Executive Team: Every member of the executive team can be considered a high-value target. Many possess some kind of financial authority. If their email accounts are hacked, it generally provides cybercriminals access to all kinds of confidential information, not to mention intelligence on the type of deals that may be ongoing. Thus executive accounts must receive particular attention from a security perspective.

IT: The IT manager and IT personnel with authority over access controls, password management, and email accounts are further high-value targets. If their credentials can be hacked, they gain entry to every part of the organization.


Board Oversight and Fiduciary Duty

Virus and malware defense has long been viewed as a purely IT problem. Even though some organizations appoint Chief Information Security Officers (CISO), the fact remains that information security is often viewed as a challenge that lies well below the board or C-level attention. 

However, the events of recent years have highlighted the danger of this viewpoint. With the FBI warning corporations that they are at risk and so many high-profile victims in the news, organizations, led by their CEO, must integrate cyber risk management into day-to-day operations. Additionally, companies must take reasonable measures to prevent cyber-incidents and mitigate the impact of inevitable breaches.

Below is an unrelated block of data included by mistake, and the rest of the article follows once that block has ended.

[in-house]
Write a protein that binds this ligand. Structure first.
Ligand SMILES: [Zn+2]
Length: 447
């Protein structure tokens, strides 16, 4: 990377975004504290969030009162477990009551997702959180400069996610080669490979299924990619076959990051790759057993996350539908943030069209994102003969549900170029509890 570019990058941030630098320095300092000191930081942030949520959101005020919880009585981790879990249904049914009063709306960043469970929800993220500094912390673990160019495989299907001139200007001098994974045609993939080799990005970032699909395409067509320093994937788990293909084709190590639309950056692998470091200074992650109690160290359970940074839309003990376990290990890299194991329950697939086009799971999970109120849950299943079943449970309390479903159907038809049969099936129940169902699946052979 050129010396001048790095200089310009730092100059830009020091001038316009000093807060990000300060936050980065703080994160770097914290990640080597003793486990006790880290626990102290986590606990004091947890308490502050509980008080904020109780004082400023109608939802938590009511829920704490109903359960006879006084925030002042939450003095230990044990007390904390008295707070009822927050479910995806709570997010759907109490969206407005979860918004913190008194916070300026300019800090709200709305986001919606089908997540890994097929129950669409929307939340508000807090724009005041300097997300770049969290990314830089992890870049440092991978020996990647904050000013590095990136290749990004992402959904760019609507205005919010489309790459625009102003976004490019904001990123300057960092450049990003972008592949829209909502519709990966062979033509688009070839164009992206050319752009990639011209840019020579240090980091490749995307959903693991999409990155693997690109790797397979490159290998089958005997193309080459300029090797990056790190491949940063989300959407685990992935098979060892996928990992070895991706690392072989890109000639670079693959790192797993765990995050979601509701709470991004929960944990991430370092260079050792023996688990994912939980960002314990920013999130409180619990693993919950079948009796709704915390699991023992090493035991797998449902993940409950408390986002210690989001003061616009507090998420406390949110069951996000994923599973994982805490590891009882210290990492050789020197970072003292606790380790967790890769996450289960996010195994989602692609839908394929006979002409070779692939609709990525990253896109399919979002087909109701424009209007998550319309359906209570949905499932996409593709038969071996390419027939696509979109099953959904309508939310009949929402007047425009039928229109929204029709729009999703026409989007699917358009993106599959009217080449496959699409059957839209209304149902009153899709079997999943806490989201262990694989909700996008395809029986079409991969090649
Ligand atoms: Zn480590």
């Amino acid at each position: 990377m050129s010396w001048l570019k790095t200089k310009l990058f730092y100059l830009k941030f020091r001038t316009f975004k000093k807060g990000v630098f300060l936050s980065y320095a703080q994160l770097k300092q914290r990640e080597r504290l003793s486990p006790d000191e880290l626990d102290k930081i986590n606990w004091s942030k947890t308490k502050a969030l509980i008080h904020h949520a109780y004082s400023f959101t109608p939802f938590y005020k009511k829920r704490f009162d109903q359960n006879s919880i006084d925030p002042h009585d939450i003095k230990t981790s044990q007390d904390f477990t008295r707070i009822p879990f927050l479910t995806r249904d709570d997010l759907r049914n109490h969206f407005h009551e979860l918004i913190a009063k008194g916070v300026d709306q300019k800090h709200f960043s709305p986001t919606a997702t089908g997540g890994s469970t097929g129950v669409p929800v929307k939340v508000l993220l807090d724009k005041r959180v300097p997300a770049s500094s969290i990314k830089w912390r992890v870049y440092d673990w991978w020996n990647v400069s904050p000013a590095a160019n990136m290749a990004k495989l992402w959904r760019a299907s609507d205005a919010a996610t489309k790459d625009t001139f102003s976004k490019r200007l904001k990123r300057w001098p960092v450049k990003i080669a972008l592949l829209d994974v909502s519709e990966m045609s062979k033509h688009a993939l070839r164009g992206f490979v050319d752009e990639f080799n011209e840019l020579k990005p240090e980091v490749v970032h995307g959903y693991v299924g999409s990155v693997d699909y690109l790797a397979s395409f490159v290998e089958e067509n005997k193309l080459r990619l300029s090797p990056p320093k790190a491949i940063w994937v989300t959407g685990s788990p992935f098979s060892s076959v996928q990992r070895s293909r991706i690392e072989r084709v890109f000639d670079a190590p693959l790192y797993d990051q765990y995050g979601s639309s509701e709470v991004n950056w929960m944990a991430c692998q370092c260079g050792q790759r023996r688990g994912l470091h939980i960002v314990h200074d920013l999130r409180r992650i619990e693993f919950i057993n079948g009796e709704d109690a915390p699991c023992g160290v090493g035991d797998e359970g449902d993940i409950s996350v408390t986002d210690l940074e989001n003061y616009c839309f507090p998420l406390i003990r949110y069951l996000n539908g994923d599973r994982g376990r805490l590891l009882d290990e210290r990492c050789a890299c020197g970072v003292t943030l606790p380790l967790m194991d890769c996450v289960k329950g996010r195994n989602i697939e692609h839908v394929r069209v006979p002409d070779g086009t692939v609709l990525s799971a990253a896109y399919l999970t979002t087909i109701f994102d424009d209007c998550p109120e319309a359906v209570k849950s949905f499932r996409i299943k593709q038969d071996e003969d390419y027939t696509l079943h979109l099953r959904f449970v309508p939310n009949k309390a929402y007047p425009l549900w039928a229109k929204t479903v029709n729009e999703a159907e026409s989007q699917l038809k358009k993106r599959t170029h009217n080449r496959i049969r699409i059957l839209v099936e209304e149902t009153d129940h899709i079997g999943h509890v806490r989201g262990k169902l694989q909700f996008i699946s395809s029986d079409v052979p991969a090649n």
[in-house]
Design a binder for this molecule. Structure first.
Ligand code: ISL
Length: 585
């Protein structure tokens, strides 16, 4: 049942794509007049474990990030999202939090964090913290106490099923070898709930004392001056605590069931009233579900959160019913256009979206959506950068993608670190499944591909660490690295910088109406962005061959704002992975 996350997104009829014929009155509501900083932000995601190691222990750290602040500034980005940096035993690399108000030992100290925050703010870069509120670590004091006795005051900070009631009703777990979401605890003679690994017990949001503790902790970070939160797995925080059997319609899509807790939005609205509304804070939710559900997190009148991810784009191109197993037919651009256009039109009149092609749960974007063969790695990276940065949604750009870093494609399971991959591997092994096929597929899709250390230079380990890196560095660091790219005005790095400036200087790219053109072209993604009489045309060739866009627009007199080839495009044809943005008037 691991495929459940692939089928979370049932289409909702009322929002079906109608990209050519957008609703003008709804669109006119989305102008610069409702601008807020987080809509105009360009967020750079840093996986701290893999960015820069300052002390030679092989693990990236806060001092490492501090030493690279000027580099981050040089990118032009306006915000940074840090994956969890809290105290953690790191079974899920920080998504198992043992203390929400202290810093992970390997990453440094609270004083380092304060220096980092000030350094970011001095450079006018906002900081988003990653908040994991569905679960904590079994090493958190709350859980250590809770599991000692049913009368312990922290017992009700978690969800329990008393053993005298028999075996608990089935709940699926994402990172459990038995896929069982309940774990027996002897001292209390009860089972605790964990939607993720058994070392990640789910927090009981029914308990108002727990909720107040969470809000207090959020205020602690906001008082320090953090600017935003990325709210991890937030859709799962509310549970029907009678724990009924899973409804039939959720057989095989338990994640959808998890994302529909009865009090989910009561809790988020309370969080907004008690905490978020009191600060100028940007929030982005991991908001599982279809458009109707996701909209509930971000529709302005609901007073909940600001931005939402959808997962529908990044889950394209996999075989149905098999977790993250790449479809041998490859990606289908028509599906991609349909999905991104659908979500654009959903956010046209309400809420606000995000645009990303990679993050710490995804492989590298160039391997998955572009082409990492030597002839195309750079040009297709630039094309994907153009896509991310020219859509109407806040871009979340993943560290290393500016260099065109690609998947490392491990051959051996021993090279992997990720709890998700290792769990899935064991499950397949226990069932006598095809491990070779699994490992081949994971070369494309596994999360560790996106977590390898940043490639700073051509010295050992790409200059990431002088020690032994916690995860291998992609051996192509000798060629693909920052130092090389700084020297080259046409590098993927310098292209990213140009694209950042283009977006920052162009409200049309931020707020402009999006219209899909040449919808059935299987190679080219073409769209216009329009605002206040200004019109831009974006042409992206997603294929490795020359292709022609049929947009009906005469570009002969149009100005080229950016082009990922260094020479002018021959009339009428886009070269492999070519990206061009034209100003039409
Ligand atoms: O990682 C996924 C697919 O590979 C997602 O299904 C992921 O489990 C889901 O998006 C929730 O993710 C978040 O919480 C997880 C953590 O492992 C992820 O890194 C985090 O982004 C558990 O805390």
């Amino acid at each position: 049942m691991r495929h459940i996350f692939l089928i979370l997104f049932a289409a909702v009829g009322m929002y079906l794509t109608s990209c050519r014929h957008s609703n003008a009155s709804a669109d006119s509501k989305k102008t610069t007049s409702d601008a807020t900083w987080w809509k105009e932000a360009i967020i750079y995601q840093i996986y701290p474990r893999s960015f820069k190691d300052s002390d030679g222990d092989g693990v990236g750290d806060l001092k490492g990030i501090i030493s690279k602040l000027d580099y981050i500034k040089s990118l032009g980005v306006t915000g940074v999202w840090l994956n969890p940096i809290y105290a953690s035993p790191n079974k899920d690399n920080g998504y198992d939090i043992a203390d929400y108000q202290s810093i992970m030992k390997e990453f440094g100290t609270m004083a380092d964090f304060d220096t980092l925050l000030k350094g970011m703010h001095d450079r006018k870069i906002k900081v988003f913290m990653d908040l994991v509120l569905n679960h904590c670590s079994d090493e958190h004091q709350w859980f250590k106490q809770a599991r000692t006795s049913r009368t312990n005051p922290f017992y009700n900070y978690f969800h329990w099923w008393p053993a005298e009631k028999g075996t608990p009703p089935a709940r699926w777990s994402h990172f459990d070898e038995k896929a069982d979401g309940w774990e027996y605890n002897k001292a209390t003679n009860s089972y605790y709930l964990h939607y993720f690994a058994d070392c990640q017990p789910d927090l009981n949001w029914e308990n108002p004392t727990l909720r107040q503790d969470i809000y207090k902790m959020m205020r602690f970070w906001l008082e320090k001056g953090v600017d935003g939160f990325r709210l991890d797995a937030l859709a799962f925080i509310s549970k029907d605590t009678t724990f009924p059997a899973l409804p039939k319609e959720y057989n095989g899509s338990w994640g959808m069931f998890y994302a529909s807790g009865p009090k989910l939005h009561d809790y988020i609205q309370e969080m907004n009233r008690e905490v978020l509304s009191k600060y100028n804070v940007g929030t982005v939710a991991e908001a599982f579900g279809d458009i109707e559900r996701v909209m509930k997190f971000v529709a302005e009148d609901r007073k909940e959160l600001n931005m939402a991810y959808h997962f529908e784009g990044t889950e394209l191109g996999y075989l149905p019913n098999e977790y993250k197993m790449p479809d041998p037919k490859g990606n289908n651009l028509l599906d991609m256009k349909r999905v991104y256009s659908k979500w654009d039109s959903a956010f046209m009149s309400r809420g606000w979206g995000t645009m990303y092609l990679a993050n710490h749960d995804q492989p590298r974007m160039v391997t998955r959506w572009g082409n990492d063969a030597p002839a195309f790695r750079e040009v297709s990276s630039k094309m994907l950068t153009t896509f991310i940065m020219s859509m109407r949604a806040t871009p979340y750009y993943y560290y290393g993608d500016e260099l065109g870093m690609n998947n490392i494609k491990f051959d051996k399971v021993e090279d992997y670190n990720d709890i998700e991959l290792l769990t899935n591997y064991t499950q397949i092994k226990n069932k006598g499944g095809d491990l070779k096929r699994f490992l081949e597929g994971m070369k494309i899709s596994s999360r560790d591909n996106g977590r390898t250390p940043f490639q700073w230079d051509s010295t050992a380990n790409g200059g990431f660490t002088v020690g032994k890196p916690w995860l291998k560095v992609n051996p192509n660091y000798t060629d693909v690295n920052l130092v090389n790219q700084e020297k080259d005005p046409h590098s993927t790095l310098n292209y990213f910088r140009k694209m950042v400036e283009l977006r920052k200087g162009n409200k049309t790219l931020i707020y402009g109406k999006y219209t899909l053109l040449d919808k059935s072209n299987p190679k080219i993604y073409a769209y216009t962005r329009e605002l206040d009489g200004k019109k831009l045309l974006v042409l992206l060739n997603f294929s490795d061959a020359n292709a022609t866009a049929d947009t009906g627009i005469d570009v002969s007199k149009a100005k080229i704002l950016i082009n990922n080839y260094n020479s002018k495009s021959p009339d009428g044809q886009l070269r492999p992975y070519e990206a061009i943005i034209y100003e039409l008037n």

The concept of acting “reasonably” is used in many state and federal laws in the United States, Australia, and other countries. Blaming something on IT or a member of staff is no defense. CEOs are responsible to restore normal operations after a data breach and ensure that company assets and the company’s reputation are protected. Failure to do so can open the door to legal action.

Let’s put it in these terms. A cyber breach could potentially cause the loss of a bid on a large contract, could compromise intellectual property (IP) and loss of revenue, to name just a few of the repercussions. That places cybersecurity firmly at the top of the organizational chart, similar to all other forms of corporate risk.